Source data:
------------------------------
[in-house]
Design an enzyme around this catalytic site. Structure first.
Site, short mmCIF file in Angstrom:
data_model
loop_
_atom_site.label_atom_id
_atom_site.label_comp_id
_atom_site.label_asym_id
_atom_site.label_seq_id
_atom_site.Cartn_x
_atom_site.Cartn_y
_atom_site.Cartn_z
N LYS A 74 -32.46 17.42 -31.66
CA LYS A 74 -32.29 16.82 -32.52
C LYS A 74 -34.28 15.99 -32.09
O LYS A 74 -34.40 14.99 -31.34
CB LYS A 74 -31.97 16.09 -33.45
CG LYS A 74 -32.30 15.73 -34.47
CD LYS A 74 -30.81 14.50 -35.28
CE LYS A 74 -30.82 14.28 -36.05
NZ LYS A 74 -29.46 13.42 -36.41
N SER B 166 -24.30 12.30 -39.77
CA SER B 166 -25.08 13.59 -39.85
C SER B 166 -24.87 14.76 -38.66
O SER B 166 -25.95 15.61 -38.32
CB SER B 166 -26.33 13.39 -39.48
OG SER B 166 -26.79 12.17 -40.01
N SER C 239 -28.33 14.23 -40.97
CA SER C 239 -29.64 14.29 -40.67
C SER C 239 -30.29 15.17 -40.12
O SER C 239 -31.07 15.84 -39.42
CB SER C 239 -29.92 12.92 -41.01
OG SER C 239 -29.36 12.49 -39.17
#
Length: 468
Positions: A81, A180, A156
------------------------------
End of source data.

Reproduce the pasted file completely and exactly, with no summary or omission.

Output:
[in-house]
Design an enzyme around this catalytic site. Structure first.
Site, short mmCIF file in Angstrom:
data_model
loop_
_atom_site.label_atom_id
_atom_site.label_comp_id
_atom_site.label_asym_id
_atom_site.label_seq_id
_atom_site.Cartn_x
_atom_site.Cartn_y
_atom_site.Cartn_z
N LYS A 74 -32.46 17.42 -31.66
CA LYS A 74 -32.29 16.82 -32.52
C LYS A 74 -34.28 15.99 -32.09
O LYS A 74 -34.40 14.99 -31.34
CB LYS A 74 -31.97 16.09 -33.45
CG LYS A 74 -32.30 15.73 -34.47
CD LYS A 74 -30.81 14.50 -35.28
CE LYS A 74 -30.82 14.28 -36.05
NZ LYS A 74 -29.46 13.42 -36.41
N SER B 166 -24.30 12.30 -39.77
CA SER B 166 -25.08 13.59 -39.85
C SER B 166 -24.87 14.76 -38.66
O SER B 166 -25.95 15.61 -38.32
CB SER B 166 -26.33 13.39 -39.48
OG SER B 166 -26.79 12.17 -40.01
N SER C 239 -28.33 14.23 -40.97
CA SER C 239 -29.64 14.29 -40.67
C SER C 239 -30.29 15.17 -40.12
O SER C 239 -31.07 15.84 -39.42
CB SER C 239 -29.92 12.92 -41.01
OG SER C 239 -29.36 12.49 -39.17
#
Length: 468
Positions: A81, A180, A156